National Catholic Register


Amnesty’s Fall

Amnesty International was founded by a Catholic convert. Now leading Church voices warn Catholics against supporting the organization. Our suggestion: Why not write letters to Amnesty International, demanding that they honor the human rights of the unborn?

BY The Editors

July 1-7, 2007 Issue | Posted 6/19/07 at 9:00 AM


Amnesty International has fallen a long, long way from the high perch it once occupied. Now, the human rights organization that did so much good for prisoners of conscience is reduced to baldly misrepresenting facts in a desperate attempt to escape the consequences of its own actions.

The moral of the story: Abortion is the opposite of King Midas. It corrupts everything it touches.

Amnesty International was founded in the early 1960s by a Catholic convert, Peter Benenson. Like its passionate, eclectic founder, the organization led with its heart and followed an unpredictable trajectory. Some have called it too anti-establishment. Others have called it too politically correct. But there’s no denying Amnesty’s success.

If the pen is mightier than the sword, then Amnesty International organized a formidable army in the 1970s and 1980s. It disseminated the names of prisoners of conscience and the addresses of their captors. Those were the targets. Then it mobilized professional people, shut-ins, college students and stay-at-home moms — anybody they could find — to write letters.

It was a unique kind of activist organization. You didn’t just become a benefactor to Amnesty International; you became a direct participant in the effort to free prisoners of conscience.

But from the 1990s to today, that mission shifted. It may have started with the rock concerts in the late 1980s. As Amnesty raised more money, it began to look less like a scrappy street fighter for the little guy and more like the bloated international corporations in the grievance business.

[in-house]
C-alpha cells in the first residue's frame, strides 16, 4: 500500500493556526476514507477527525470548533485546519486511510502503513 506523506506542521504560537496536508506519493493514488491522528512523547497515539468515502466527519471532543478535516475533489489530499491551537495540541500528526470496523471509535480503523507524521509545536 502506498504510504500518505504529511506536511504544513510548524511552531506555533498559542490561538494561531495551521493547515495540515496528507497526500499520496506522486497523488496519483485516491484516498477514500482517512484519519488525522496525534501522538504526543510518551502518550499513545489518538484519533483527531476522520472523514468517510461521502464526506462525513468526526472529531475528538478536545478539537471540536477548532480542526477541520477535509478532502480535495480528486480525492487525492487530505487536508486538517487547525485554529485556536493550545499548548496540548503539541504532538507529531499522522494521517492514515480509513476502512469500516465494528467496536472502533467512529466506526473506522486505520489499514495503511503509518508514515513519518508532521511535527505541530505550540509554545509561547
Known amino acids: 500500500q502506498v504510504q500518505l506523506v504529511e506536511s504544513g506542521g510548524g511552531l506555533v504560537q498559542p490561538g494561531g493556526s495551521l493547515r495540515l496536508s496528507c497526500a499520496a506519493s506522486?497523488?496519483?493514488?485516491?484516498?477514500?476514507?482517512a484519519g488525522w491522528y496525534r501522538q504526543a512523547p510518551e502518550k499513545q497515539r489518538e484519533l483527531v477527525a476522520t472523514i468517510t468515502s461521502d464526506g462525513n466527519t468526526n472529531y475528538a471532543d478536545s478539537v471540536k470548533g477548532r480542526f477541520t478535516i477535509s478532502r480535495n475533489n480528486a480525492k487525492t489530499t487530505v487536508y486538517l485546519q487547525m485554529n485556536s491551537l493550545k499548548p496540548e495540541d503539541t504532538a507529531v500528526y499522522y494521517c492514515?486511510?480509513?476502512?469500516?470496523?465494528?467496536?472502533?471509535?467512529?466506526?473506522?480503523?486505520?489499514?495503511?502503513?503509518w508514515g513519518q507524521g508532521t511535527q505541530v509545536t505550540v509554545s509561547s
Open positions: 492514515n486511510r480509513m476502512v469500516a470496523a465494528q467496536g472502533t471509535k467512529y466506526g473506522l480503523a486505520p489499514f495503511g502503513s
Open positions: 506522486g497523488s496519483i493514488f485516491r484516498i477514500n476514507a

And, as U.N. watcher Austin Ruse told the Register, the organization also began unofficially favoring the idea that the right to life isn’t a human right, and that the right to kill unborn children is.

In April, that stance became official.

Amnesty International became a formal abortion promoter, advocating for the right to kill unborn children — not just in cases where the mother had been the victim of rape, but in cases where the mother’s health or life were in danger. Legally, of course, that means they promote any abortion for any reason — because pregnancy is always related to the health and future life of the mother.

Last week, the Register featured an exclusive interview with Cardinal Renato Martino calling on Catholics to pull support from Amnesty International now that it has become an opponent of the fundamental human right, the right to life.

A follow-up press release from Cardinal Martino’s Pontifical Council for Justice and Peace received worldwide press attention along with the Register. Amnesty International was quick to respond.

To the organization’s great shame, Kate Gilmore decided not to address the real concerns former supporters had, but to obfuscate the issue instead. Gilmore is the executive deputy secretary general of Amnesty International.

“Amnesty International’s position is not for abortion as a right but for women’s human rights to be free of fear, threat and coercion as they manage all consequences of rape and other grave human rights violations,” she said.

Her words flatly misstate Amnesty International’s policy that, as quoted on the organization’s website, isn’t limited to rape.

“Women must have access to safe and legal abortion services where continuation of pregnancy poses a risk to their life or grave risk to their health,” it says, using the loophole language that allows abortion at any time for any reason.

Newspapers like the UK’s Daily Mail repeated the misinformation from Amnesty International’s press release without correcting it. But even readers who were thus misinformed reacted negatively to Amnesty’s rebirth as an abortion activist group.

“So rape victims in Darfur are stoned and the best solution that Amnesty can offer is abortion?!” wrote one London reader of the Daily Mail. “Why is it that the only solution offered to women who are poor, abused or stigmatized, if pregnant outside of marriage, is to end the life of their baby? I thought we were supposed to be liberated.”

Amnesty tried to argue that opposition to abortion is “theological.” They know better. The right to life is a universally recognized human right — and our understanding of unborn life is no longer what it was in the Middle Ages. We all have children, nephews or nieces whose first photos were taken in utero. There is no longer any doubt about what abortion is: killing.

That’s why abortion is King Midas in reverse. It corrupts everything it touches.

In order to support abortion, its advocates must first lie to themselves. Once committed to a lie, they will have a hard time telling the truth to the rest of us.

Write to Amnesty International and tell them to have mercy on those who are being unfairly denied their rights: the unborn. Find links to the appropriate addresses at: